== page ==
UPDATE: Col. Gene Montague's brother says his family is still in shock to learn Montague suffered a heart attack during the IRONMAN swim because he was "so very healthy" and "he loved these events."

The preliminary autopsy report says Gene Montague, 51, passed away during the IRONMAN competition from a heart attack and his death has been ruled accidental. The report says Montague died "suddenly when in apparent health."

The Hamilton County Medical Examiner's office was told Montague was seen floating during the swimming portion of the race, was pulled from the water and was given CPR.

Family and friends of Col. Montague are posting heartfelt tributes on social media about his passion for athletics and his loving family.

Col. Montague's brother, Rashid Basir, said they are planning a funeral at Arlington Cemetery with full military honors. Col. Montague was still active duty in the U.S. Army and was a combat veteran of Kosovo and Afghanistan. Before he joined the Army, Montague was a New York City Police Officer.

An IRONMAN 70.3 teammate said Col. Montague was participating in Sunday's event for Team ZERO that included athletes from all over the country. They were all competing to raise money to end Prostate Cancer.

"He was strong, he was a competitor, he was fierce and I wouldn't have guessed it could happen, but that's just the reality of life, you just don't know," said Team ZERO teammate Jon Pierson.

Pierson said he was with him just before the race started.

"By the point I had met with Gene we were in the swim start line and we were just a minute from jumping in the water," he said.

Pierson was nervous for the race and said Montague could tell. Before jumping into the water Montague turned to his new friend and gave him a high-five.

"And at that point I was just so fired up and that high five is just a special moment and how I'm going to remember Gene," Pierson said.

Once Montague started the swim portion of the race, tragedy struck.
Montague's family said they are still shocked to learn he died of a heart attack because he lived such a healthy and active lifestyle.

But Dr. Charles Campbell, Chief Cardiologist of Erlanger, said even though healthy people are at a lower risk for a heart attack, it can still happen to anyone.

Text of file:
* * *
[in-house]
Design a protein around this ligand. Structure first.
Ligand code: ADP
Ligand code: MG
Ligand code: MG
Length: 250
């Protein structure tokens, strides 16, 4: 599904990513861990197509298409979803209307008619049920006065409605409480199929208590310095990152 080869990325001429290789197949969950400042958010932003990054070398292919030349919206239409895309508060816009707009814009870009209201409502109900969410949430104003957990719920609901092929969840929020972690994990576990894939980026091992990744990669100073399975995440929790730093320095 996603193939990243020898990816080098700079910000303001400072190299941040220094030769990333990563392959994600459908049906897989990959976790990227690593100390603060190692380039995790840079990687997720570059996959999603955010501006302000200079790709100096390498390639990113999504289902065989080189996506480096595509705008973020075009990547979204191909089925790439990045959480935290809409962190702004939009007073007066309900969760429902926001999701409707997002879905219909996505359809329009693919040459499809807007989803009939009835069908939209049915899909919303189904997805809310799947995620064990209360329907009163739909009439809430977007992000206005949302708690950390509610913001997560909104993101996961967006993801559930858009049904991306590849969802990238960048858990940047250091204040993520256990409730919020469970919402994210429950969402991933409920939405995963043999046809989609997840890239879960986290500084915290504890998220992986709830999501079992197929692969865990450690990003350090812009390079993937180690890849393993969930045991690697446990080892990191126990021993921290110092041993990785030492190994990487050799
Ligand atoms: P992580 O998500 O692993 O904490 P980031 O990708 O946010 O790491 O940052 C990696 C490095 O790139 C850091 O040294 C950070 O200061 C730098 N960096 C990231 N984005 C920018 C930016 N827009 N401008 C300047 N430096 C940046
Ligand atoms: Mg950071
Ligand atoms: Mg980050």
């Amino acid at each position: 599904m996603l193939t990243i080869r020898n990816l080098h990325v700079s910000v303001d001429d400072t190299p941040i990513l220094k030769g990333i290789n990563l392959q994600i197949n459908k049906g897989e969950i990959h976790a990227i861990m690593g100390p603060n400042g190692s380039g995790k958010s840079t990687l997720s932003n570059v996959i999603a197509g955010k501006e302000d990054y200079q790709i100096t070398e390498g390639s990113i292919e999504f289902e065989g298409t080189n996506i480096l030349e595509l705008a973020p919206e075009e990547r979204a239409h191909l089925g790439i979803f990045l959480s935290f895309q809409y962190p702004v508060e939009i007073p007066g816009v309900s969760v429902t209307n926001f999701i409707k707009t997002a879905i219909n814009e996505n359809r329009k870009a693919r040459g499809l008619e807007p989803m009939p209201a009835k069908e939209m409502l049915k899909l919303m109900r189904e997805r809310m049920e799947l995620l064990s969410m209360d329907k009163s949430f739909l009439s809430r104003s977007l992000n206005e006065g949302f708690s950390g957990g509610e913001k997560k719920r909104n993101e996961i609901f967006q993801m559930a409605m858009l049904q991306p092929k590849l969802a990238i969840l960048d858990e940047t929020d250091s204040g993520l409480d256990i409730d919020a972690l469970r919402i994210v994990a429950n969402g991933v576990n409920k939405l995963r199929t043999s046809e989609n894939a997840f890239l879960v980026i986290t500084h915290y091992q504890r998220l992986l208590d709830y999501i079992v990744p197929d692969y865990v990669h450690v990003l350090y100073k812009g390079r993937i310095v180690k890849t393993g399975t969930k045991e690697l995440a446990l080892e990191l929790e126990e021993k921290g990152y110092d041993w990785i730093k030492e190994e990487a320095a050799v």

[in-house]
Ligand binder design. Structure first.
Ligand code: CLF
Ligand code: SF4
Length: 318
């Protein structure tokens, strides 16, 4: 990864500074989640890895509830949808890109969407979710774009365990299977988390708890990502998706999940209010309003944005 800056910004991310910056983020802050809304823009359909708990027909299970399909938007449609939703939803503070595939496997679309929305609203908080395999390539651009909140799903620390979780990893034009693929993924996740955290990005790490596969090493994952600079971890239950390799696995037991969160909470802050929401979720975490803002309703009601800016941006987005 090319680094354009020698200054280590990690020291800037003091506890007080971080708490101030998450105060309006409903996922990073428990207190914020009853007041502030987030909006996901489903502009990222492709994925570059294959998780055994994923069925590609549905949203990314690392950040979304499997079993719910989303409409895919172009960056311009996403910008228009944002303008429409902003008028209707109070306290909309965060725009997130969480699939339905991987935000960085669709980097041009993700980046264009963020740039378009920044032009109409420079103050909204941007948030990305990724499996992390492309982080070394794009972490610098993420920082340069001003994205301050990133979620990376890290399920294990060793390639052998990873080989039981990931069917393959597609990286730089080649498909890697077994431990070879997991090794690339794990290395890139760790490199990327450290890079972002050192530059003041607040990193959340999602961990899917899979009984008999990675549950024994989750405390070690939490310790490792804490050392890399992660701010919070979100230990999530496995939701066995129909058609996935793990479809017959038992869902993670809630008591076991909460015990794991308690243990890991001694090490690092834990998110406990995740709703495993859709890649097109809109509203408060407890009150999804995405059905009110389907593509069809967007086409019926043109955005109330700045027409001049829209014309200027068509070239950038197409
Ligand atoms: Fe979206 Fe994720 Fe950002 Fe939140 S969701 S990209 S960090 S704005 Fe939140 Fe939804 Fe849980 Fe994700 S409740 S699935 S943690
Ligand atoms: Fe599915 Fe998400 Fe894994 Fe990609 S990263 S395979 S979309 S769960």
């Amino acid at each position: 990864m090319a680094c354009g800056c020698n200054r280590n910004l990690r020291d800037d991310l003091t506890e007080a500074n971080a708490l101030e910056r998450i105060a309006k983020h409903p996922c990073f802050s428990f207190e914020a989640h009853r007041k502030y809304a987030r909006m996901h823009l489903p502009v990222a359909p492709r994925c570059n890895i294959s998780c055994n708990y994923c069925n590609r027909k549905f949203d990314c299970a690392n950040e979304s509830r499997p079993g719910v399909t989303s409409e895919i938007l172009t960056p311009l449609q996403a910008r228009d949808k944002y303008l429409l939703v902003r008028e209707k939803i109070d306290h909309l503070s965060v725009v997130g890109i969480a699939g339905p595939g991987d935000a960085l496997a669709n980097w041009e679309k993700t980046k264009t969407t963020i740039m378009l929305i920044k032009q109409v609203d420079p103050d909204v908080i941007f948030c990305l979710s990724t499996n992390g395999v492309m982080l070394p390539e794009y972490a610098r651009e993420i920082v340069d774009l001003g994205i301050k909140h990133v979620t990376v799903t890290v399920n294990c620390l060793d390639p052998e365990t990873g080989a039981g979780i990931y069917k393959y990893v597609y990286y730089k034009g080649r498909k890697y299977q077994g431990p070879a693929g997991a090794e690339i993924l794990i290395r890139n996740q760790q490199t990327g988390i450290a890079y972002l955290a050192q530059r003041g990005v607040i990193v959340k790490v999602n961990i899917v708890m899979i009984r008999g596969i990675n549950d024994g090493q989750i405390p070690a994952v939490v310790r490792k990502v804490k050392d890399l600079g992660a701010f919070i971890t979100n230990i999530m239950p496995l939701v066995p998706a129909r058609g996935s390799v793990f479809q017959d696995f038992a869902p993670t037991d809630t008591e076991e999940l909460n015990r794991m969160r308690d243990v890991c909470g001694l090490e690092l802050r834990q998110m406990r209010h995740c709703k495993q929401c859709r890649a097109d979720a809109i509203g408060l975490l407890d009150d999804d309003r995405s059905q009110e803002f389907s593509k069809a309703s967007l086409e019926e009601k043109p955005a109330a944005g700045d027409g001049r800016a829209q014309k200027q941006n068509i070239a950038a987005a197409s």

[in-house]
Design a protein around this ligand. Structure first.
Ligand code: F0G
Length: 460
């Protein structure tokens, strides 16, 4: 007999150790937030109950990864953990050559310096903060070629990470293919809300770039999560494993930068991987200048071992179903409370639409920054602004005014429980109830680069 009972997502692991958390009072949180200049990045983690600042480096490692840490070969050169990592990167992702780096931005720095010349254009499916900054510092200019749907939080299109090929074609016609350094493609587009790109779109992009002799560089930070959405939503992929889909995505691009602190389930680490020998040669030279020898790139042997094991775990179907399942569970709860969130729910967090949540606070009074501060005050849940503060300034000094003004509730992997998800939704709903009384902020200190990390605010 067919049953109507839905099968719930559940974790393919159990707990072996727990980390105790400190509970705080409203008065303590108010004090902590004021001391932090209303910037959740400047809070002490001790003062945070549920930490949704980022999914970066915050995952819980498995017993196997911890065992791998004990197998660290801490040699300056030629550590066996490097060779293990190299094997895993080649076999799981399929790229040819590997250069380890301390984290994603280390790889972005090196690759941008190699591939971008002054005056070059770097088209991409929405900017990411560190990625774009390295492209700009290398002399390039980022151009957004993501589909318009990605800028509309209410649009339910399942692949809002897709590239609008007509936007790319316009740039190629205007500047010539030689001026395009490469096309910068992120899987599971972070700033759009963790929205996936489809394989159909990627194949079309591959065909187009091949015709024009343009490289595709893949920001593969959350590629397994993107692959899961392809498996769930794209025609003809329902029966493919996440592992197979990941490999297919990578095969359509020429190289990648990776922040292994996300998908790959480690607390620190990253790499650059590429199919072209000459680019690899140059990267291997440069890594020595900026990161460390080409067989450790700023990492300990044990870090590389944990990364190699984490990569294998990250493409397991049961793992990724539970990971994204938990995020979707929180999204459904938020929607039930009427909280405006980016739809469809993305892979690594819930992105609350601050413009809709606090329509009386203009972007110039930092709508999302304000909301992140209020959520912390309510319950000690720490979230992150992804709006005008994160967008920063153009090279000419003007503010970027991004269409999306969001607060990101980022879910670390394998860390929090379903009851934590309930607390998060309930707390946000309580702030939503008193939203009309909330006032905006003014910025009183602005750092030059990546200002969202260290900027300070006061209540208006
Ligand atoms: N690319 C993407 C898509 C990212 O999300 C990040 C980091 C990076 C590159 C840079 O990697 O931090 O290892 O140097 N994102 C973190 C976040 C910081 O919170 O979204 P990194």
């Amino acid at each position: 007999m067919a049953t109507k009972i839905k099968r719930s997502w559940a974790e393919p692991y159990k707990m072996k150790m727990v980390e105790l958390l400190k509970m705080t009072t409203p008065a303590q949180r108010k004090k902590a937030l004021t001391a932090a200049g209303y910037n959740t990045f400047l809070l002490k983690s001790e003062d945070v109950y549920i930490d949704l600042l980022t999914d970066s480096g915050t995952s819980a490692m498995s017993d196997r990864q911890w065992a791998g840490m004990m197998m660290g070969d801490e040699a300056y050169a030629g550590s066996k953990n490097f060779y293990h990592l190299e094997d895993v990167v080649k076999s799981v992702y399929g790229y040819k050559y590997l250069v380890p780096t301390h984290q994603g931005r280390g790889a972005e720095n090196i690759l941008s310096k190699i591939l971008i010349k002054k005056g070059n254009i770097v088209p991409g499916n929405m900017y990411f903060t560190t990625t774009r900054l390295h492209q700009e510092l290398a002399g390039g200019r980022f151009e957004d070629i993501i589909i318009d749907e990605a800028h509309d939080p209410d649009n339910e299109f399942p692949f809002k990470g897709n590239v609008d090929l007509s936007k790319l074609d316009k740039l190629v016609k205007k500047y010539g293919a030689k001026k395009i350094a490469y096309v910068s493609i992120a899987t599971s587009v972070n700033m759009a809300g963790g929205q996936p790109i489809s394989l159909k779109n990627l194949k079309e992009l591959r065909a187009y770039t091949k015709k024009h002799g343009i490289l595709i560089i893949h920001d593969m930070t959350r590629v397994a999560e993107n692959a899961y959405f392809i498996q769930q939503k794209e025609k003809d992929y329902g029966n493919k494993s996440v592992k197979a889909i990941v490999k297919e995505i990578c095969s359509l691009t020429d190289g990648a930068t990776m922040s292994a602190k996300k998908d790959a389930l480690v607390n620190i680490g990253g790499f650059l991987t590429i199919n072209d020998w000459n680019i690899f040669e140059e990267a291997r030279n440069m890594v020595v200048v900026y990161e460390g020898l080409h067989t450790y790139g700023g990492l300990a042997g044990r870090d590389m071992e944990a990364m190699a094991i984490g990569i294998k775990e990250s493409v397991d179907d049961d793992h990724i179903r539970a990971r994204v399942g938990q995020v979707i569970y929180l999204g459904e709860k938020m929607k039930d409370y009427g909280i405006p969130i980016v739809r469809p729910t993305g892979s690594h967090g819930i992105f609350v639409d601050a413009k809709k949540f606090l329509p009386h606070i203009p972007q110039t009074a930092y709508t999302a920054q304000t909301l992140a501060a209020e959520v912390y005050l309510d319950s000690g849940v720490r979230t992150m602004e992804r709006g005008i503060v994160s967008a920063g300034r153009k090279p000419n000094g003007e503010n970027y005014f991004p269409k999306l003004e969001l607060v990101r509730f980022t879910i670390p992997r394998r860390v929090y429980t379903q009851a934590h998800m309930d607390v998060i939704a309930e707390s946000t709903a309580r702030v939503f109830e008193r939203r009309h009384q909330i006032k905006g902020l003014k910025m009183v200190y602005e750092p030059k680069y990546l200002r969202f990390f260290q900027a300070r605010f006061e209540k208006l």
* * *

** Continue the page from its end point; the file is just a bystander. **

"There aren't always warning signs, sometimes this is just bad luck, and in about 20 - 25 percent of the cases people don't seem to have a warning sign that they're going to have a big heart attack," Dr. Campbell.

PREVIOUS STORY: Erlanger officials treated 143 people during Sunday's IRONMAN 70.3 triathlon. 

About 15 of those came from the Tennessee River during the swimming portion of the race. It's also where one man died. 

Not long after the race kicked off, tragedy struck the Tennessee River when a participant suffered a medical emergency during the triathlon's swimming portion. 

Emergency responders rushed to get him out of the water, performed CPR and took him to Erlanger Hospital where he later died. 

Responders from Dallas Bay Fire Department were one of many local departments staged along the Tennessee River throughout various portions of the 1.2 mile course. 

Assistant Chief, Jack Brellenthin says they treated a number of injuries including crams, dehydration and shortness of breath. 

With more than 3,000 participants in the water, Brellenthin says it can be tough getting to those who need help without good logistics. 

"Just identifying people that might be in trouble and then the logistics involved and beginning treatment as soon as you can and then transporting them to the advanced life support ambulances," he said. 

Hospital officials say five participants were taken to the hospital for injuries and more than 130 were treated for injuries on site. 

Race officials have not released the man's name or how he died. 

A man has died while competing in the Ironman 70.3 Chattanooga, Sunday. 

Ellie Siefert, Public Relations Director for Ironman released this statement in regards to the athlete's death: 

"We are deeply saddened to confirm the death of one of our athletes participating in today's IRONMAN 70.3 Chattanooga triathlon. The athlete required medical attention during the swim and was transported to a nearby hospital where they were treated. Our condolences go out to the athlete's family and friends, whom we will continue to support."

The man was pulled from the water via Hamilton County EMS. The man will not be identified until family is notified 

Stay with Channel 3 as this story develops.